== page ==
What are we to make of the recent decision to withdraw the licence for Uber, the digital minicab company, to operate in London ?  As soon as the decision was announced, the two predictable sides – Roundheads and Cavaliers – saddled up and rushed to the battlefield.  One side said that Uber was a terrible thing, interfering with an effective public and taxi system using exploited staff on the end of a computer programme that squeezed money out of customers when they were most at need.  Others said that the black cab system was out-dated and expensive, and often wasn’t around when you needed them, or wouldn’t go where you wanted them to go (especially, the proverbial south-of-the-river).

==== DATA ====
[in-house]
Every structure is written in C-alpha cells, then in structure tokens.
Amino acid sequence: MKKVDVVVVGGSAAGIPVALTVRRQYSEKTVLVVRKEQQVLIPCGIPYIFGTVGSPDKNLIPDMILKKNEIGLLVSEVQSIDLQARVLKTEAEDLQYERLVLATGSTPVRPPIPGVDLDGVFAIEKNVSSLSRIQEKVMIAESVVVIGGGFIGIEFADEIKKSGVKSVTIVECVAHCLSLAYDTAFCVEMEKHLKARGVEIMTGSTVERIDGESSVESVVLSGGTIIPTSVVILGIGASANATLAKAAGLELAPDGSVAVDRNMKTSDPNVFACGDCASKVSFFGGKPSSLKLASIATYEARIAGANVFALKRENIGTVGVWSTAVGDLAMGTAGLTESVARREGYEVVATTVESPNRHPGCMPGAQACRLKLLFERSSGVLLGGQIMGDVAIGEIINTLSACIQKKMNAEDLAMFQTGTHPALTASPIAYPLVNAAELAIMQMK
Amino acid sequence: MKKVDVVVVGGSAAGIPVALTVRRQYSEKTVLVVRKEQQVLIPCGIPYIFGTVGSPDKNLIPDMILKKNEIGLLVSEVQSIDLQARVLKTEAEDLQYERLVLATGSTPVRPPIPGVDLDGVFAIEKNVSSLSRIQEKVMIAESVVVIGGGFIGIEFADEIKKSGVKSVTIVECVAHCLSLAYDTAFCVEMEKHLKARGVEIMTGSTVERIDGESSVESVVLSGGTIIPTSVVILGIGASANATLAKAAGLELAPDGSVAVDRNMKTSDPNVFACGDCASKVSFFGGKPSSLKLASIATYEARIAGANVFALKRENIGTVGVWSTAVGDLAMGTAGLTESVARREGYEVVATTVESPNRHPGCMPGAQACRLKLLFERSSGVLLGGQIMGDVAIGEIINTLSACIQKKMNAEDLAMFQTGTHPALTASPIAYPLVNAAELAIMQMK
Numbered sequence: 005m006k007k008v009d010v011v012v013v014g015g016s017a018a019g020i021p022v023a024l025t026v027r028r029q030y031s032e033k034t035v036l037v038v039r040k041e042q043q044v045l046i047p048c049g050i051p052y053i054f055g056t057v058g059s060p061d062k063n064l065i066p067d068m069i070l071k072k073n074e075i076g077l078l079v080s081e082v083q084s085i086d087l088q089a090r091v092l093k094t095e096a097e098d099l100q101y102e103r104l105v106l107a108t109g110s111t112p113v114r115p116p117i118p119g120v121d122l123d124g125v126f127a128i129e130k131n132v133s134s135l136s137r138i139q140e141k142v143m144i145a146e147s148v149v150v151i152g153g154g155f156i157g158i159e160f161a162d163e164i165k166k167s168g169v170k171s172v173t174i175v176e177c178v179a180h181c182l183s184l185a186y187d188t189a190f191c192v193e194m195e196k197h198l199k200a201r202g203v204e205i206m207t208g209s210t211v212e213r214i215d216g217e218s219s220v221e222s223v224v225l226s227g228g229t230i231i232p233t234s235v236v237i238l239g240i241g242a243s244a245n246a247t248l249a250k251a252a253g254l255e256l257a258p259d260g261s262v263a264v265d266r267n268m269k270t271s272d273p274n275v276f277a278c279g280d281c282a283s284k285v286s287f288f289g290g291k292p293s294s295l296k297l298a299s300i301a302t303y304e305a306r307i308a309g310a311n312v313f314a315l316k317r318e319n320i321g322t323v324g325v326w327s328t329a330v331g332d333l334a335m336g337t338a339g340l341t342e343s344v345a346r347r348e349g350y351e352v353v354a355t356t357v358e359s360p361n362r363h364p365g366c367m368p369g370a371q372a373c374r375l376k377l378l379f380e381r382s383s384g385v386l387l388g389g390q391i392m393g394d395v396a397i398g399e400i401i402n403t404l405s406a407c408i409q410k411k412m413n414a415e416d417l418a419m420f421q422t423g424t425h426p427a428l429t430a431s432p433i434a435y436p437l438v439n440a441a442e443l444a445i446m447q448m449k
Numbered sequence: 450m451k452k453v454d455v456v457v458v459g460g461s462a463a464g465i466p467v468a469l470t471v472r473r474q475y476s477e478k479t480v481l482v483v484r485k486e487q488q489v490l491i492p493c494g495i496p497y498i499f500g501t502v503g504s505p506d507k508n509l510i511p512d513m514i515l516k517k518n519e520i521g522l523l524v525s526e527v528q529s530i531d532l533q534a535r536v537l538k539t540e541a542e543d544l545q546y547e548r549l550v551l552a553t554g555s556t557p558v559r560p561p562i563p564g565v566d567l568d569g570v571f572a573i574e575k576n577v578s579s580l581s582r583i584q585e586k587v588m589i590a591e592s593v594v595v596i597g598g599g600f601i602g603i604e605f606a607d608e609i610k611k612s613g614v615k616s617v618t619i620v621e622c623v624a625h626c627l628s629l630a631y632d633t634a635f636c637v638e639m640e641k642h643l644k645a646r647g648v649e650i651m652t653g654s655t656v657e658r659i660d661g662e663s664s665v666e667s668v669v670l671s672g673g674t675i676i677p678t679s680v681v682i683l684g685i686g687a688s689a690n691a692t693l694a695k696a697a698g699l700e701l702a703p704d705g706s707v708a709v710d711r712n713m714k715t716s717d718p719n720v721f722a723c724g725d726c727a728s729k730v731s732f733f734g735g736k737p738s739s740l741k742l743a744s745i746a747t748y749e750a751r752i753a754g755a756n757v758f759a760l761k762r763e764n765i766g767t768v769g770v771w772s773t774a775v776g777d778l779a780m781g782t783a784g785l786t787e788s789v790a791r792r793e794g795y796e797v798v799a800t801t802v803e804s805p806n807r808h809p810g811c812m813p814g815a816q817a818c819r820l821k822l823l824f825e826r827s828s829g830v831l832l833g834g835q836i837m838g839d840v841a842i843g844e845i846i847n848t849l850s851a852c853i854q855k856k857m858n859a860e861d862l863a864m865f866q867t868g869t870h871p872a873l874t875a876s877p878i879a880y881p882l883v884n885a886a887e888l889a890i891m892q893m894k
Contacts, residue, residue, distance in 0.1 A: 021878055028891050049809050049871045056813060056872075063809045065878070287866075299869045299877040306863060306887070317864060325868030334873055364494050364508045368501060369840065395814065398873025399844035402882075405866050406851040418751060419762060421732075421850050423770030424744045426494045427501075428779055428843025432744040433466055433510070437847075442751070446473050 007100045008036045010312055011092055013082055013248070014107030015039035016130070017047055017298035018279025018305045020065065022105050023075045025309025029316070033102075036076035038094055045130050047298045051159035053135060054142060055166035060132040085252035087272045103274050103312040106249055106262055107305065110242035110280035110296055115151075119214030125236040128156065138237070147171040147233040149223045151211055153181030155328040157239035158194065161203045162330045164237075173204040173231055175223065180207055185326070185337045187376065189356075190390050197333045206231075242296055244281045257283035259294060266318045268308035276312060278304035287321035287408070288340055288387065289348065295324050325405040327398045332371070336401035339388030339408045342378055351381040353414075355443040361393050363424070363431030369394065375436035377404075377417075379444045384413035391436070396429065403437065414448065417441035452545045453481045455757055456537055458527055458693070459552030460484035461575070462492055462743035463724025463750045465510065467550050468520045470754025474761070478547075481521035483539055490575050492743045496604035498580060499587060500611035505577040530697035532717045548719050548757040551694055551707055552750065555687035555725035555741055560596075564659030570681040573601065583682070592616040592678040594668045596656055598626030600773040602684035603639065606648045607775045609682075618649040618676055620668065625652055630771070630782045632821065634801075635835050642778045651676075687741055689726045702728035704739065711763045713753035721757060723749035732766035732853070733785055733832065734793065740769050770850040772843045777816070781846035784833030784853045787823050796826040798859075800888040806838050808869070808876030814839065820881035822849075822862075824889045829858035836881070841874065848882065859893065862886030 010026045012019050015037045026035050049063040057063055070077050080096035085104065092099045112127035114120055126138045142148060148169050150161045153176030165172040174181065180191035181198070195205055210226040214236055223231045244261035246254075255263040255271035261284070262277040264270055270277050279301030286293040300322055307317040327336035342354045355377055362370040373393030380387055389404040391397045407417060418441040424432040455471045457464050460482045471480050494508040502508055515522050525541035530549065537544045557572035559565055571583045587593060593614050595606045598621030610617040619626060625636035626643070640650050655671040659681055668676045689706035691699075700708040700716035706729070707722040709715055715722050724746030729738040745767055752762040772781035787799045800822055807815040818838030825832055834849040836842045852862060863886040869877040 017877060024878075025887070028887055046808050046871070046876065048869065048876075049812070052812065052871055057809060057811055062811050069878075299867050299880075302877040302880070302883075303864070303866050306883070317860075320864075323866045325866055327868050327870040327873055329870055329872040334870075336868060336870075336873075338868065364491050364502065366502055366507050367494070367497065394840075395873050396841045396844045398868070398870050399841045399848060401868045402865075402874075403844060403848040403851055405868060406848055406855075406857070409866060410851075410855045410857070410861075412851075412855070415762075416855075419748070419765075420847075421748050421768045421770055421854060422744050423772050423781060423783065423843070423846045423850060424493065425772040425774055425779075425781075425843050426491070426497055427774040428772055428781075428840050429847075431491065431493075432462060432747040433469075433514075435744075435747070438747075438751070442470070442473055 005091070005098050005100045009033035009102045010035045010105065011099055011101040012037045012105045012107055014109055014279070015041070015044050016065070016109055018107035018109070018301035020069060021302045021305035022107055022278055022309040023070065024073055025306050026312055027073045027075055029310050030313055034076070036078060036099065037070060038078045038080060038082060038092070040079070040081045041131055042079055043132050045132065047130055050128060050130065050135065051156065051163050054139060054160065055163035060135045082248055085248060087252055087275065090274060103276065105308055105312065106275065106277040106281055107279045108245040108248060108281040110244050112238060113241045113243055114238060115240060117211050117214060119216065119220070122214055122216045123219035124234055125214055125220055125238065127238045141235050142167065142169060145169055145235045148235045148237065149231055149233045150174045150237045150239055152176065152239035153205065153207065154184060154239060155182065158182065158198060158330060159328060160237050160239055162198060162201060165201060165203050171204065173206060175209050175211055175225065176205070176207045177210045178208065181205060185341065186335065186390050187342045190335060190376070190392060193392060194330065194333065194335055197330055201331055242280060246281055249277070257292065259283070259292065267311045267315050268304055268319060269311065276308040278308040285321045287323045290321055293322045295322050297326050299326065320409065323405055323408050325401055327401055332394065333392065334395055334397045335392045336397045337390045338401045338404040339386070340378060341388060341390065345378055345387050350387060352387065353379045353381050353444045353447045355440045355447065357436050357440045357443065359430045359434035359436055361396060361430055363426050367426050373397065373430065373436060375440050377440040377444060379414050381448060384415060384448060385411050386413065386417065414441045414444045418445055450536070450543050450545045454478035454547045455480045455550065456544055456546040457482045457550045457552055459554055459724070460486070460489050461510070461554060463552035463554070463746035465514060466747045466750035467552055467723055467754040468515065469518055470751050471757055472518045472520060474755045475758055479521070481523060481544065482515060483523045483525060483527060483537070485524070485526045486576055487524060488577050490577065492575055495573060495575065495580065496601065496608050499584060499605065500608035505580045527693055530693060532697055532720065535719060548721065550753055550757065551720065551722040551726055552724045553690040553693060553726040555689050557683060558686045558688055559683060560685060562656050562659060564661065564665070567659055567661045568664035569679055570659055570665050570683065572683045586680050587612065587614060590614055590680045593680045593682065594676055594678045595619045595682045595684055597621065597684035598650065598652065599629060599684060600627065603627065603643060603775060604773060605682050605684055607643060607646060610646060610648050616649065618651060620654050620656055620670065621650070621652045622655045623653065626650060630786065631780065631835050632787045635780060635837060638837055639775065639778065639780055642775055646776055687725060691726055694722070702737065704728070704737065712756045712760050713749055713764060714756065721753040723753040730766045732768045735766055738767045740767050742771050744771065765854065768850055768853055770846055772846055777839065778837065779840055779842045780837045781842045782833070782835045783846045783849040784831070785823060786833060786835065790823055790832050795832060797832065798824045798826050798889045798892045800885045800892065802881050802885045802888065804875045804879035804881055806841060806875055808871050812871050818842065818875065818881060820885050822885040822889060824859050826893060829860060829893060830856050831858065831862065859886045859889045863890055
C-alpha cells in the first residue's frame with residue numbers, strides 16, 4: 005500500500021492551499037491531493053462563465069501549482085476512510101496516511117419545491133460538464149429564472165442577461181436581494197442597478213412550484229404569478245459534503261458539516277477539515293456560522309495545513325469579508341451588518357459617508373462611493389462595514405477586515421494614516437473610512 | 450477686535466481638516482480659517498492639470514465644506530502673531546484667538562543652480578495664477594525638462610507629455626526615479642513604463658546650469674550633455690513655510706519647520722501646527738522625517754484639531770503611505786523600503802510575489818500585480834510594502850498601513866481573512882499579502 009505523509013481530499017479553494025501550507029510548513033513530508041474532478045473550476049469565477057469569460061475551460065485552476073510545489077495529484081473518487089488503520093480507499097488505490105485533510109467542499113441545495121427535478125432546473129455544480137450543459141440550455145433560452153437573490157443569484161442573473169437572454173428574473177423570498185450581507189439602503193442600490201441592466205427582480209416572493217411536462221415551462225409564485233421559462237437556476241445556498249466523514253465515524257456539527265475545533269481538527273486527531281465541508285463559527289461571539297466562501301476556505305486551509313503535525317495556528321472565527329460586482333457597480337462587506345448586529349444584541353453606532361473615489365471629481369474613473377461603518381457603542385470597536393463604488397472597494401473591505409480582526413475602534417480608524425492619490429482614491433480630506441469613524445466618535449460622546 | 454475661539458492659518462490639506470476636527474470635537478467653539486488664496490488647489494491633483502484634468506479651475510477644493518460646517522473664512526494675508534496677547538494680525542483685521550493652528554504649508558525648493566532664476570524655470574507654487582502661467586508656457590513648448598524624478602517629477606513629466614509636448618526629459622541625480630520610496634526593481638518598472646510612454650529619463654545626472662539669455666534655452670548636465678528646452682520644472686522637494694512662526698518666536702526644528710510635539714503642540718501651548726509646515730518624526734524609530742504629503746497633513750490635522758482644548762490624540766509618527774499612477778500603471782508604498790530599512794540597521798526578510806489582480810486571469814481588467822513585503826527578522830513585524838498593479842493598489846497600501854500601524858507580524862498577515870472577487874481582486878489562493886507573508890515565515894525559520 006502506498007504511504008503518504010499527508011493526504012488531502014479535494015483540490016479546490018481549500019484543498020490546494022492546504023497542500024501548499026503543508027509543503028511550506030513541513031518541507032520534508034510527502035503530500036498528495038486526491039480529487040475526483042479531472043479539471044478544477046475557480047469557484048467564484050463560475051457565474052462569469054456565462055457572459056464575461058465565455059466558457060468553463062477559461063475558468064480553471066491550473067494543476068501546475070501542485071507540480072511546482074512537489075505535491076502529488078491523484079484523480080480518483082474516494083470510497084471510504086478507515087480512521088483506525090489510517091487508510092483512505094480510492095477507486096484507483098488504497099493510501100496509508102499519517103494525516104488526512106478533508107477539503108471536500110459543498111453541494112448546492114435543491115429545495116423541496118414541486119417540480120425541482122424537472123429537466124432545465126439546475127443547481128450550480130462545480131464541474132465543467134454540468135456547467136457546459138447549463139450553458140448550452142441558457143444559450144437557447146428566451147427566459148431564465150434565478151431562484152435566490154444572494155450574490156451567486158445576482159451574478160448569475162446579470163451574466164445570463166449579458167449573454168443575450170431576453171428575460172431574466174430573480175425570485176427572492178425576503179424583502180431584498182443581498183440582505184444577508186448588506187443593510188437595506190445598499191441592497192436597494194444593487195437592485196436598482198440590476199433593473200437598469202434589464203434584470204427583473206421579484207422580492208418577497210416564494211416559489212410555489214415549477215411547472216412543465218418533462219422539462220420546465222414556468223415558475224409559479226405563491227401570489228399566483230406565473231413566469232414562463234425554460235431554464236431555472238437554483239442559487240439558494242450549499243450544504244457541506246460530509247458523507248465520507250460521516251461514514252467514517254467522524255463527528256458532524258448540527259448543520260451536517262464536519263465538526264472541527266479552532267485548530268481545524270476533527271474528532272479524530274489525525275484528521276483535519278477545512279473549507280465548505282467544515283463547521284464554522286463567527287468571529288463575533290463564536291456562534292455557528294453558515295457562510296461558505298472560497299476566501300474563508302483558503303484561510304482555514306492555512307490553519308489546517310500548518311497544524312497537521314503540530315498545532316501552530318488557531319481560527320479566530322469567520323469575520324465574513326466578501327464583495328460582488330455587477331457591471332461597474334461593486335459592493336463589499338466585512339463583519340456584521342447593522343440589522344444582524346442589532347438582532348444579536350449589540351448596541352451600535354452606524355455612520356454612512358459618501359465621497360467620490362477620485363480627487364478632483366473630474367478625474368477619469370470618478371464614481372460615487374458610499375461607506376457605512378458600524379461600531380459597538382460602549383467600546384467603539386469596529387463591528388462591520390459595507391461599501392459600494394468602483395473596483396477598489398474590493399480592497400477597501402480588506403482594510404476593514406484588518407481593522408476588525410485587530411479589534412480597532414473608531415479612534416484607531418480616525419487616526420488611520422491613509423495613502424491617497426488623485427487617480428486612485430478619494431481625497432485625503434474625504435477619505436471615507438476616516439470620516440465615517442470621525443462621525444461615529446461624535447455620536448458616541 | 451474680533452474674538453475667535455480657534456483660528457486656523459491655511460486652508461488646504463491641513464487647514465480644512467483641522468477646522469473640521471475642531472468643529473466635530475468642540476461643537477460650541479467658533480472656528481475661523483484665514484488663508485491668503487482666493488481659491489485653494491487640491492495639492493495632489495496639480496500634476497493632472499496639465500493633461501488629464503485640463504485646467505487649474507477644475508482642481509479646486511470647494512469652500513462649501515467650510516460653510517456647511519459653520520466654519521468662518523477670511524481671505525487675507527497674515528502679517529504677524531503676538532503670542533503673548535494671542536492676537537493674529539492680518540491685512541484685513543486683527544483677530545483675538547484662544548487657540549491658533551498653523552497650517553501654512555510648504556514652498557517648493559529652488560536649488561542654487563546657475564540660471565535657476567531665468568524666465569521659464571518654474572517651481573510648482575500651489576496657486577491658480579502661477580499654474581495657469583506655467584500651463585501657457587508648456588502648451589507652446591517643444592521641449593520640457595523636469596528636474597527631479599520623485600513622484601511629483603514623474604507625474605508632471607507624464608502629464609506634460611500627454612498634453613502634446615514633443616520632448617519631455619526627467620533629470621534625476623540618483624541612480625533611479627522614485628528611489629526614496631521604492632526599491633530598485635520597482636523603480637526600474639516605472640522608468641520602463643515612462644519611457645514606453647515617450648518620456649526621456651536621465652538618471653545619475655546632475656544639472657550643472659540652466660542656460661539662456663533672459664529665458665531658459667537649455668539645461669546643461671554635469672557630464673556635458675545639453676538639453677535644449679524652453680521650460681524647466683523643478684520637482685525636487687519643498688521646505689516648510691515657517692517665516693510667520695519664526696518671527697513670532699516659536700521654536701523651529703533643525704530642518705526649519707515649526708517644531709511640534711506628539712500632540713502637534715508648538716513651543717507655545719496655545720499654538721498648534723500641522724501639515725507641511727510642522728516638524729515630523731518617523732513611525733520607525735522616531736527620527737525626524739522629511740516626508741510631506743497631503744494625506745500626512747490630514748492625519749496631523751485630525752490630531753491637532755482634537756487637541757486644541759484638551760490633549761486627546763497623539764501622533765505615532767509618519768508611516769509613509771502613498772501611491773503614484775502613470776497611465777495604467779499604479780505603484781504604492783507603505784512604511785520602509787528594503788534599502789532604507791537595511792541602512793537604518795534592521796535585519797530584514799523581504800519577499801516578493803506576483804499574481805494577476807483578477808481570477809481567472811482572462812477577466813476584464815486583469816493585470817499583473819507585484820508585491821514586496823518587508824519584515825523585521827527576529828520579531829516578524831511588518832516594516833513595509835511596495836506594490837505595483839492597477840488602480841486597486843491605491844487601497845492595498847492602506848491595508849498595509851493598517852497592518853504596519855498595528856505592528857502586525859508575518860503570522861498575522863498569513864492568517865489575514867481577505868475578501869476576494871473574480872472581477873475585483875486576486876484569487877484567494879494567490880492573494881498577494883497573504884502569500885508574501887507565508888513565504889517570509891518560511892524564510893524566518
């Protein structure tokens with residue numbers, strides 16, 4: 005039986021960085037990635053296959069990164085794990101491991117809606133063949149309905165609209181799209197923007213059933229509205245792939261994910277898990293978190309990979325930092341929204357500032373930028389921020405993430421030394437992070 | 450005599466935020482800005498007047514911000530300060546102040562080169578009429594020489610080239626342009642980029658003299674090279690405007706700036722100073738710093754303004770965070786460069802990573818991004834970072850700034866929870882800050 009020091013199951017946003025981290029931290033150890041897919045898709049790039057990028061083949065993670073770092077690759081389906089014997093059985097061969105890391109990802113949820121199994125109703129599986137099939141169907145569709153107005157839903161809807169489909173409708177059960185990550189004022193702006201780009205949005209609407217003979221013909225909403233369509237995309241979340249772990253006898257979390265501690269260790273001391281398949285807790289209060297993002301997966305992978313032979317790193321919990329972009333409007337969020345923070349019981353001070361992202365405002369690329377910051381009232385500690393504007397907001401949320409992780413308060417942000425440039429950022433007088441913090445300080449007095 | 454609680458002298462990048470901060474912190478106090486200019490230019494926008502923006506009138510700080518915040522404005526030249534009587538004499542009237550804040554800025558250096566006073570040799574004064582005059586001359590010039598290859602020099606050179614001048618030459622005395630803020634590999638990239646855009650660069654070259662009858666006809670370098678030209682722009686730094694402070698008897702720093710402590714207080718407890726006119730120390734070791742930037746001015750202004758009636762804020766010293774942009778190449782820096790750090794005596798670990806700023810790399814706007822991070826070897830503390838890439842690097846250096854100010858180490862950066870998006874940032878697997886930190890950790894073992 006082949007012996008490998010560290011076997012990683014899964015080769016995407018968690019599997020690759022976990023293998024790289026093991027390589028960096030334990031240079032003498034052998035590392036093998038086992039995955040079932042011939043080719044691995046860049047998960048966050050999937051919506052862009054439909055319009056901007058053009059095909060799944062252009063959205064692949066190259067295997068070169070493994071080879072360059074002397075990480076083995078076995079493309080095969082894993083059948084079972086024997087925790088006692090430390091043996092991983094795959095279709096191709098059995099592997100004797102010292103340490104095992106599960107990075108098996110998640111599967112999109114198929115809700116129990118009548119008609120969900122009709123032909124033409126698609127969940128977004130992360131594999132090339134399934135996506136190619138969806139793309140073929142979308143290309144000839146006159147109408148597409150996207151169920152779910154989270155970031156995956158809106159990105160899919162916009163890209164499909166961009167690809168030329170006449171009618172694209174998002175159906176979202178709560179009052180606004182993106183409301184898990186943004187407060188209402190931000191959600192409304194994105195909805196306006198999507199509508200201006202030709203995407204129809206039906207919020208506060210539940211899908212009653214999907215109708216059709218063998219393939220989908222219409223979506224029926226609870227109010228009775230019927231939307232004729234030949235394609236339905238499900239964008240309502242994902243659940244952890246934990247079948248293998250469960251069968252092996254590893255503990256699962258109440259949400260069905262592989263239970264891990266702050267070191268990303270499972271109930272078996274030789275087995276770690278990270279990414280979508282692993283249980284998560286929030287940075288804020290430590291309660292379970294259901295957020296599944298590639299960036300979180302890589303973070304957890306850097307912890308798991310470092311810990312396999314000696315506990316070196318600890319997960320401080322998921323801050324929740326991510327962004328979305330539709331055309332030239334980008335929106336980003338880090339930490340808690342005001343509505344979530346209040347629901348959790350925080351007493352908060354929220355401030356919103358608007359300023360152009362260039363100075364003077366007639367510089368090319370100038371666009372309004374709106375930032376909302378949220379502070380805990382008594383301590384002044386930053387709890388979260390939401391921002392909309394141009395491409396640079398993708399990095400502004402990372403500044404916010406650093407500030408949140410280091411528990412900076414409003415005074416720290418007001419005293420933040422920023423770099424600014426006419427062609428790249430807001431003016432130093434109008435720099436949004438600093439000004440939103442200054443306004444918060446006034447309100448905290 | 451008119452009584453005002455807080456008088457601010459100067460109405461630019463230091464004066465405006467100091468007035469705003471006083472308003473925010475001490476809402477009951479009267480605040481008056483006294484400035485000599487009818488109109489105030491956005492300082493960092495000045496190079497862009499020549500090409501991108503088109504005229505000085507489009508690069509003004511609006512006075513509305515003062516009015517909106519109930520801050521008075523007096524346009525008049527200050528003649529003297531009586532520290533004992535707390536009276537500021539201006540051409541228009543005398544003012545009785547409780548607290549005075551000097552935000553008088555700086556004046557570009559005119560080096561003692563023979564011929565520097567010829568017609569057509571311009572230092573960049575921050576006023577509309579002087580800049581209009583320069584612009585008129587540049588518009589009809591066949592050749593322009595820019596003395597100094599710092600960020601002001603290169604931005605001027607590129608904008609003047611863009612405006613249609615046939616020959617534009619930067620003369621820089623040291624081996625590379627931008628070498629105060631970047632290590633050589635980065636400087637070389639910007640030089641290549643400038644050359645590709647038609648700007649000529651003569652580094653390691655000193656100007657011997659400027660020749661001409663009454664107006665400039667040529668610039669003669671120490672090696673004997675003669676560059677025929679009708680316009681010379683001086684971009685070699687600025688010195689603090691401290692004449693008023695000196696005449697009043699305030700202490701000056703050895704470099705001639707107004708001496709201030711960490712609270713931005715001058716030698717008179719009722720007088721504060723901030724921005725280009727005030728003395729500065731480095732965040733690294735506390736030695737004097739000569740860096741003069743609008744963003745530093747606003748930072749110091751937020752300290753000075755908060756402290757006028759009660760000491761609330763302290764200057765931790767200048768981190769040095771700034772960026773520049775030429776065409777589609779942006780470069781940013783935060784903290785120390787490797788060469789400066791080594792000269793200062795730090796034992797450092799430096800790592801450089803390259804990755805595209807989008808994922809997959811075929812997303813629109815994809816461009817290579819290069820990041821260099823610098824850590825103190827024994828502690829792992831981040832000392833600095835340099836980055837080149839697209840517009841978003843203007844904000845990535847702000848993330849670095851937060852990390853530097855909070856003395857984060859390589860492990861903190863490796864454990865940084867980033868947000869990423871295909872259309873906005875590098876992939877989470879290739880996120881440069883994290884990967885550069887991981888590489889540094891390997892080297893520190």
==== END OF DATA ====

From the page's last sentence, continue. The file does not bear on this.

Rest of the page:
Firstly, let’s note that Uber were not stopped because of Luddism or taxi monopoly. The reason for the decision was that they had failed to help the police investigating sexual assaults on passengers: not just once, but more than 40 times.  But the debate needs to be had.  Technology does move on, and the potential of just popping an address into your mobile phone to get a taxi immediately – one that will, via satnav, know exactly where you want to go – is obvious.  Customers love the service – apparently half a million have signed an on-line petition in favour of the company.  Some drivers like the freedom to log on or off, but on the other hand (or even the same hand – it’s not a zero sum activity) many would no doubt welcome a pension, or sick pay.  If Uber (i.e. its users via charges) doesn’t pay for them, someone else will*.  There is a legal case at the moment suggesting that Uber should pay VAT, rather than pretending it is some federation of independent traders.  And who can defend managers concealing violent criminals from the police ?